Colorado Democrats Eye Waiting Period For Gun Sales

After laying pretty low on gun control last year, Democrats in Colorado are expected to push to a number of new controls when the 2021 session gets underway, including a five day waiting period for gun purchases as well as a mandatory gun storage law. According to the Colorado Sun, a third measure requiring gun owners to report lost and stolen firearms or else face criminal sanctions is also on the table.

Of the three measures set to be introduced this year, the waiting-period bill is likely to be the most controversial.

Ten states and the District of Columbia have waiting periods that apply to purchase of guns, according to the Giffords Law Center to Prevent Gun Violence. Hawaii has the most stringent of those laws, requiring 14 days between when someone buys a gun and when they can access it. In California, the waiting period is 10 days.

Rep. Steven Woodrow, a Denver Democrat, is working with Sullivan on the waiting-period measure. The plan is to push for a five-day waiting period in Colorado, though that hasn’t been finalized.

The fact that Woodrow has proposed a five-day waiting period, as opposed to the 10-day wait in California (or 14 days in Hawaii), is a sign that his bill could face pushback from some of his fellow Democrats in rural and exurban legislative districts. It’s certainly going to face opposition from Republicans, though they’re in the minority in both chambers.

Rep. Dave Williams, a Colorado Springs Republican and fierce opponent of firearm regulations, said the bills represent “onerous restrictions” on gun owners.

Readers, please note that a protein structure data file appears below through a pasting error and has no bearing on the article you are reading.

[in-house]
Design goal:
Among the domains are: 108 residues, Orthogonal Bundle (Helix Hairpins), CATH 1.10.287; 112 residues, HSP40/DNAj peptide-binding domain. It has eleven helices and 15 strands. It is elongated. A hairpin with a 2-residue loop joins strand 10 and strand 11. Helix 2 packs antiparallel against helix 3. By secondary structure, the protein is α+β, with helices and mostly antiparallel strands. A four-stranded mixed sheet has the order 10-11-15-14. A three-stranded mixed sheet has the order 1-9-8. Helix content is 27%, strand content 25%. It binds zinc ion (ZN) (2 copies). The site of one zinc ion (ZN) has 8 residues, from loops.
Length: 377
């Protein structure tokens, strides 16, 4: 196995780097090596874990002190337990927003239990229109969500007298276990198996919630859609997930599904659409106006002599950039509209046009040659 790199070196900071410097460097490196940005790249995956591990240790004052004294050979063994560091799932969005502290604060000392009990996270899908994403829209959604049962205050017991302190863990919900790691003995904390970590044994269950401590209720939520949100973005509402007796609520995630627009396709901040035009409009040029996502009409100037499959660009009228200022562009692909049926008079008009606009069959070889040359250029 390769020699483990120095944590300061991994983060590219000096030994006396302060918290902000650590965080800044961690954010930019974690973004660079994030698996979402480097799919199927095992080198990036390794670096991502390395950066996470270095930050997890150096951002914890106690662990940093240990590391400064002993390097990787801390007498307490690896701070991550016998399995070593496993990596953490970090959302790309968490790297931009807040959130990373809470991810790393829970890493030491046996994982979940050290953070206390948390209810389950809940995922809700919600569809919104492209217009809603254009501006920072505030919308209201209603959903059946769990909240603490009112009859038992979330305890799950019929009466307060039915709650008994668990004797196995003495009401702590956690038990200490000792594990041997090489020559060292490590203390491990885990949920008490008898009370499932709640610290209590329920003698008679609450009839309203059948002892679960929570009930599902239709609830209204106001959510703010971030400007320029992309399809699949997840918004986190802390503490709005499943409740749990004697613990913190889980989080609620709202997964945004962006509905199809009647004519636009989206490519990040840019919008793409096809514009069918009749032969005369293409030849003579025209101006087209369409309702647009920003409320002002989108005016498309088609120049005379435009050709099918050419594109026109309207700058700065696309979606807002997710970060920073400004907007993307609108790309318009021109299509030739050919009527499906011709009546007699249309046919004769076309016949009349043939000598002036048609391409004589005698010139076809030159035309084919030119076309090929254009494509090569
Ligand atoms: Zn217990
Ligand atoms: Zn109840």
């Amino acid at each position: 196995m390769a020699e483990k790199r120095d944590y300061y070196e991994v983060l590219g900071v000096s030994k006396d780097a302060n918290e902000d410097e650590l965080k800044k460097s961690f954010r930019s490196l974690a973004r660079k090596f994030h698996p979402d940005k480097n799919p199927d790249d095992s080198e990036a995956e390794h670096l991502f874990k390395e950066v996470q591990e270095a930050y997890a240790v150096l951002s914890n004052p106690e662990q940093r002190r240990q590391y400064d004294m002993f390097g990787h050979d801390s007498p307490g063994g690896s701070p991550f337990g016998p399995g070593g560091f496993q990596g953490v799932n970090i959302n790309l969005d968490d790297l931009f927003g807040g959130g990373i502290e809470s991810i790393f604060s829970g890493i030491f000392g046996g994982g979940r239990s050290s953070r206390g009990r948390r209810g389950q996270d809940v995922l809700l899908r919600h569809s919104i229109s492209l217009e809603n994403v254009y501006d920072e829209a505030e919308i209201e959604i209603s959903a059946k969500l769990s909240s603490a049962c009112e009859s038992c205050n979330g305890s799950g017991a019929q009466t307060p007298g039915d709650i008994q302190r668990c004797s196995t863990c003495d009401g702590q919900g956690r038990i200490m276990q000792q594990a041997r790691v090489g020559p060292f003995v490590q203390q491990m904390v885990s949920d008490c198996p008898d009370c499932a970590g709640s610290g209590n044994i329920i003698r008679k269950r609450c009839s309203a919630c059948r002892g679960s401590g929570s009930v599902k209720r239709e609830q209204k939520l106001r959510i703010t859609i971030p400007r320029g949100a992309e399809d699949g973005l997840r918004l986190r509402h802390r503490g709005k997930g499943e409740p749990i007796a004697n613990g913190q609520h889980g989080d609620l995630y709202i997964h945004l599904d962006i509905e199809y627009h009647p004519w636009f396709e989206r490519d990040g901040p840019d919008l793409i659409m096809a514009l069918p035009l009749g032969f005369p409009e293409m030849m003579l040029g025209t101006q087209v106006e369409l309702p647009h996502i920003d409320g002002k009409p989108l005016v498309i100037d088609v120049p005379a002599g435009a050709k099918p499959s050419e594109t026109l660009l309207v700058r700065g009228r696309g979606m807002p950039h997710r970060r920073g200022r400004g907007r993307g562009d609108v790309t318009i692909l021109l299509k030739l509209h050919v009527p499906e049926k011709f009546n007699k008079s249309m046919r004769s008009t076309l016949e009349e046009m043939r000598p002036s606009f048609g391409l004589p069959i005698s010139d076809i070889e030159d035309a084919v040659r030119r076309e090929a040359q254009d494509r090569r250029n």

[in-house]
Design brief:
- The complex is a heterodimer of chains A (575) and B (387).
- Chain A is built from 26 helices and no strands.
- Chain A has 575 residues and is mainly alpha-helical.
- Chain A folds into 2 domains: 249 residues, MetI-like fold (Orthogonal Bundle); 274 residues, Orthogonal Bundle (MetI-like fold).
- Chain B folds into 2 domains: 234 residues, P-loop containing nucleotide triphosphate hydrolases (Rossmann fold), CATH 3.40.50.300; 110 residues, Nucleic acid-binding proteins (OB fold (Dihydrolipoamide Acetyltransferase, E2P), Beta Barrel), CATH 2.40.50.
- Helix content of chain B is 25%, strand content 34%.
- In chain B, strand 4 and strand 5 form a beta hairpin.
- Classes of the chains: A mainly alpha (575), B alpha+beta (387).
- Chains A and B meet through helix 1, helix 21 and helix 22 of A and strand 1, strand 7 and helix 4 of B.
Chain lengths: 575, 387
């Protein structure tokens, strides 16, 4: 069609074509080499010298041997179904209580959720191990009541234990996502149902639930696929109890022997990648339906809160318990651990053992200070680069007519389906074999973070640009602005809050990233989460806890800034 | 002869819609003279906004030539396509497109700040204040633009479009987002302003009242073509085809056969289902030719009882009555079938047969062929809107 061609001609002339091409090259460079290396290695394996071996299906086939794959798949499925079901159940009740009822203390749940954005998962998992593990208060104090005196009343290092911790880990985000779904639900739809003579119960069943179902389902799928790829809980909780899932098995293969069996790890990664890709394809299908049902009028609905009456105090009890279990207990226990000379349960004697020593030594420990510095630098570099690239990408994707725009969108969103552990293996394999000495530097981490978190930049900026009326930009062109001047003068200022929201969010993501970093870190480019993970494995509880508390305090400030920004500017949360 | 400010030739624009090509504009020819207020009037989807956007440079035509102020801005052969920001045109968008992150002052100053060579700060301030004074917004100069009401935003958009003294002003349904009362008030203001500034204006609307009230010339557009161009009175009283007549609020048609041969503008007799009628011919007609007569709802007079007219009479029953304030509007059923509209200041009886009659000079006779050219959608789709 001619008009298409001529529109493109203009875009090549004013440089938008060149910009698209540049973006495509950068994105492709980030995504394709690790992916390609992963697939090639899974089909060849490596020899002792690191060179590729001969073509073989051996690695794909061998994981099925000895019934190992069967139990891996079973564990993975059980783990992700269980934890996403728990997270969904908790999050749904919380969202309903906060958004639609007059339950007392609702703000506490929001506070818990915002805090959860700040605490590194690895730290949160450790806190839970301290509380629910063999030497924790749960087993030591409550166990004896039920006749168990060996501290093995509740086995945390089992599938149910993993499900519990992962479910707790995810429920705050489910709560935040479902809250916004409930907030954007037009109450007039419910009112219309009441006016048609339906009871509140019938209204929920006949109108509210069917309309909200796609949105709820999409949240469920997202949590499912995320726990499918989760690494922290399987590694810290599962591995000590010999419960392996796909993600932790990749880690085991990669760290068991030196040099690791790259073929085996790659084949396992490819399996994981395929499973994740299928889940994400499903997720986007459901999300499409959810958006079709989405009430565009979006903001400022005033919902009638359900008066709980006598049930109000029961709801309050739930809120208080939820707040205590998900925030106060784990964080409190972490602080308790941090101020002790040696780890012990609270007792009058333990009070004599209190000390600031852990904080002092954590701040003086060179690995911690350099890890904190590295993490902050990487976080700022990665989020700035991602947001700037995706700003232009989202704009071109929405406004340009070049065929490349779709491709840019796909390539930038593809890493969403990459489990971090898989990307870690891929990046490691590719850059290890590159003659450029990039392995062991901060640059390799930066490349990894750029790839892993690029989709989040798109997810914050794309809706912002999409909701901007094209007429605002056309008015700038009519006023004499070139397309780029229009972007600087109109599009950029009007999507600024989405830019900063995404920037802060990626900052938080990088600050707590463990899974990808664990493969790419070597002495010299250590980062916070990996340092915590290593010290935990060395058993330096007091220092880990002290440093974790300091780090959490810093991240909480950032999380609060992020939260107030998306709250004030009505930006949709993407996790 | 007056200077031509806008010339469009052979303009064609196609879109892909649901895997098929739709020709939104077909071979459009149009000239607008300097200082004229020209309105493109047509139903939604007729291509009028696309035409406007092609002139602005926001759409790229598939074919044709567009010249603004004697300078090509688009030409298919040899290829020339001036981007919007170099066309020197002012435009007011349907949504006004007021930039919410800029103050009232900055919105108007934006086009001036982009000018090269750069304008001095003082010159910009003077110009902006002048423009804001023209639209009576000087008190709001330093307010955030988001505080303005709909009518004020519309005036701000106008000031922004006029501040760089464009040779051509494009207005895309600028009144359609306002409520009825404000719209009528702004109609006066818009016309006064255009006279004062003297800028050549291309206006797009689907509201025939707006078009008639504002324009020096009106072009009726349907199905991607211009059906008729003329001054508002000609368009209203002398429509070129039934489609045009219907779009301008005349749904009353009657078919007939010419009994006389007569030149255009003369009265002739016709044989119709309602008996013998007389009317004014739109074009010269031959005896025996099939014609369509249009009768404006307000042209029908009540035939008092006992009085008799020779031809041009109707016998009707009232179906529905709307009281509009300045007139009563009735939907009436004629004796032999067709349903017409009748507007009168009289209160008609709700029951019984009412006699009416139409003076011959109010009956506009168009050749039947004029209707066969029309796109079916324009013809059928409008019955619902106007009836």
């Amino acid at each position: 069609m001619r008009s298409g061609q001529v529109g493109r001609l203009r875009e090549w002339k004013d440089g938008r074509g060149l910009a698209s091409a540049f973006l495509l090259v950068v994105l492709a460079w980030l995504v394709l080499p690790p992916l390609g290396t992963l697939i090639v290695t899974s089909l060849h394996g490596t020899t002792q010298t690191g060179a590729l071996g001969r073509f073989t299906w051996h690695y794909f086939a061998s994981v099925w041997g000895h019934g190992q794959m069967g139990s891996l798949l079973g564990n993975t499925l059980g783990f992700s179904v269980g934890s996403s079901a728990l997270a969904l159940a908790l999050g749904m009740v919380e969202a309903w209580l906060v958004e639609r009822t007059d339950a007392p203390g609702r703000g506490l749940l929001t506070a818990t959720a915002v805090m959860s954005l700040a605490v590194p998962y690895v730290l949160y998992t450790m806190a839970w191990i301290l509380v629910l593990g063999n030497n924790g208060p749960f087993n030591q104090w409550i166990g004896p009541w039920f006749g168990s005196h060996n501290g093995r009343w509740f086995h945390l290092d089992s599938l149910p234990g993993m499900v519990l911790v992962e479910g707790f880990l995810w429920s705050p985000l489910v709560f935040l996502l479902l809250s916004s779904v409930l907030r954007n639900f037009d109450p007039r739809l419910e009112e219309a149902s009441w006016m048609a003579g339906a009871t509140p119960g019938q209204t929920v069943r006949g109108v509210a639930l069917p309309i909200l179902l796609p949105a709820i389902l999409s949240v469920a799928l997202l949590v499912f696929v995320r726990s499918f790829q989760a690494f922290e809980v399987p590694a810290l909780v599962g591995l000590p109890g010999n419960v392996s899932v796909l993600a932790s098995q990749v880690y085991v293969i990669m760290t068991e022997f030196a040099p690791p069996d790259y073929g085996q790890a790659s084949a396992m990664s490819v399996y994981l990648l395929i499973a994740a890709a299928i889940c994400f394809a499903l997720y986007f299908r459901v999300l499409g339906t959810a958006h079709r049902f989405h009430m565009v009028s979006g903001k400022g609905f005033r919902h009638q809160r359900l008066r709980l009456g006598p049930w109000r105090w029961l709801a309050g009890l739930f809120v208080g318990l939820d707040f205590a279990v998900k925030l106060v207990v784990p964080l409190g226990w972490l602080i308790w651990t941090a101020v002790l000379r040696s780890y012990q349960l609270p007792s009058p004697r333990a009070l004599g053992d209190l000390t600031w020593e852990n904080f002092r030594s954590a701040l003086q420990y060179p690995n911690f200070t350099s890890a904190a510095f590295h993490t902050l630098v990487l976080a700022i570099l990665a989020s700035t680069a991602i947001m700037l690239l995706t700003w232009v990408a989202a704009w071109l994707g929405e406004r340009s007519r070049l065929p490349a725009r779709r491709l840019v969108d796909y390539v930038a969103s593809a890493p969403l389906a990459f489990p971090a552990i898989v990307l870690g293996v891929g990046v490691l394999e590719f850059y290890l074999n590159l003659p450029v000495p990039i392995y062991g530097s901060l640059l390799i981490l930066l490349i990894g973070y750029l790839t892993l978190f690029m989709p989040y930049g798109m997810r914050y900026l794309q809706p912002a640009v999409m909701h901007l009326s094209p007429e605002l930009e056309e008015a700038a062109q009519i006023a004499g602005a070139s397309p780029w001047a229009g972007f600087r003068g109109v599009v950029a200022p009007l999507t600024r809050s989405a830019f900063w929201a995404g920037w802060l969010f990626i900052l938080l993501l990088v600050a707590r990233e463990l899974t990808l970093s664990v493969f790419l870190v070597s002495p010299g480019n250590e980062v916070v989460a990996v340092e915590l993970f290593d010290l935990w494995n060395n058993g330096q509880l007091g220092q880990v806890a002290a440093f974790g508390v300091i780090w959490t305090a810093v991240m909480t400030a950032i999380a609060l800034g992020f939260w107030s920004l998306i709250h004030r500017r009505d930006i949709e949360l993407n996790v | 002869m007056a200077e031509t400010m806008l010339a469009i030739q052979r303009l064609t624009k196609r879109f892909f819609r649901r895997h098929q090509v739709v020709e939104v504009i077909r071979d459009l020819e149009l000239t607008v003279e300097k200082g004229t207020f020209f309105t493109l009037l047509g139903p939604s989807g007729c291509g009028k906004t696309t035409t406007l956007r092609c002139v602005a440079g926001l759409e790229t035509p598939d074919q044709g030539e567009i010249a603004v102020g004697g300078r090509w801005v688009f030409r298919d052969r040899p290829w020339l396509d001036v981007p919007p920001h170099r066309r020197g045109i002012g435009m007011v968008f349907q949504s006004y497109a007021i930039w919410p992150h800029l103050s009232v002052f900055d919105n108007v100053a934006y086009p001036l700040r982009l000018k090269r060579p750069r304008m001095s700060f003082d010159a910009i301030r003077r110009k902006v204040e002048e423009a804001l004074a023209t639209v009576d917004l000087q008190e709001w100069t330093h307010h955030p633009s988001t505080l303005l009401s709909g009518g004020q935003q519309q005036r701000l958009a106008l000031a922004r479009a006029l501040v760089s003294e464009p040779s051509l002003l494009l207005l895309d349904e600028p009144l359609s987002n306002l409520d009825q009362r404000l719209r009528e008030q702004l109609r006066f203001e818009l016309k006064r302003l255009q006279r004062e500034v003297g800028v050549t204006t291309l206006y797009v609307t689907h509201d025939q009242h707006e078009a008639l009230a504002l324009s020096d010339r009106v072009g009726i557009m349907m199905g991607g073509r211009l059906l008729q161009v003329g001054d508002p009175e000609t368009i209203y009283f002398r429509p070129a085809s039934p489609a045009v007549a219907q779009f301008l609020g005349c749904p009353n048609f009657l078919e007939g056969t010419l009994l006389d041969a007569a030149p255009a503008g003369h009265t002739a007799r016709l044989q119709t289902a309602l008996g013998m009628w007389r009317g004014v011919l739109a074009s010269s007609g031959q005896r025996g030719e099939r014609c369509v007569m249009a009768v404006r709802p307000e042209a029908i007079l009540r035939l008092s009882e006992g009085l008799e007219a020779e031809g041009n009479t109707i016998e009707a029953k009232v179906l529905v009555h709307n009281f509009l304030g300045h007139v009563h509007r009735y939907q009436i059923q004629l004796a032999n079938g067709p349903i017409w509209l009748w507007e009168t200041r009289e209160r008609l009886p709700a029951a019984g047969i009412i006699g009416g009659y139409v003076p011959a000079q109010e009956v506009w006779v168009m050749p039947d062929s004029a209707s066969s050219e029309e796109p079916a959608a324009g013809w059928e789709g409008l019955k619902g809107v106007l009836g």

“I haven’t read the bills, but just from the general concept of it I think it’s very likely that I would be opposed to all of them,” said Rep. Dave Williams, a Colorado Springs Republican. “I don’t think that’s the way we need to address the issue. Violence will happen regardless of the weapons that are available on the street.”

He thinks Colorado voters will push back on Democrats if they are successful in passing the legislation. “If they attempt to engage in this overreach it could very well harm their prospects in 2022,” Williams said.

Democrats in Colorado introduced similar storage laws and lost-and-stolen reporting requirements in 2020, but neither became law as the state party tried its best to shy away from gun control in an election year. Now that the election is over, however, all bets are off.

Virtually all of the legislation that Democrats plan on prioritizing are aimed at legal gun owners, ignoring the fact that the last round of gun control measures passed in the state (which also targeted legal gun owners and buyers) has done nothing to make the state safer. In fact, violent crime in Colorado has been on the increase ever since. In 2020, Denver and the suburb of Aurora, for instance, both saw a record-high number of homicides despite the state’s universal background check law and ban on “high capacity” magazines.

In order to effectively combat the violence, lawmakers and law enforcement need to focus on the individuals that are driving it. Laws aimed squarely at legal gun owners miss the target, but unfortunately those appear to be the priorities for Democrats in Denver this year.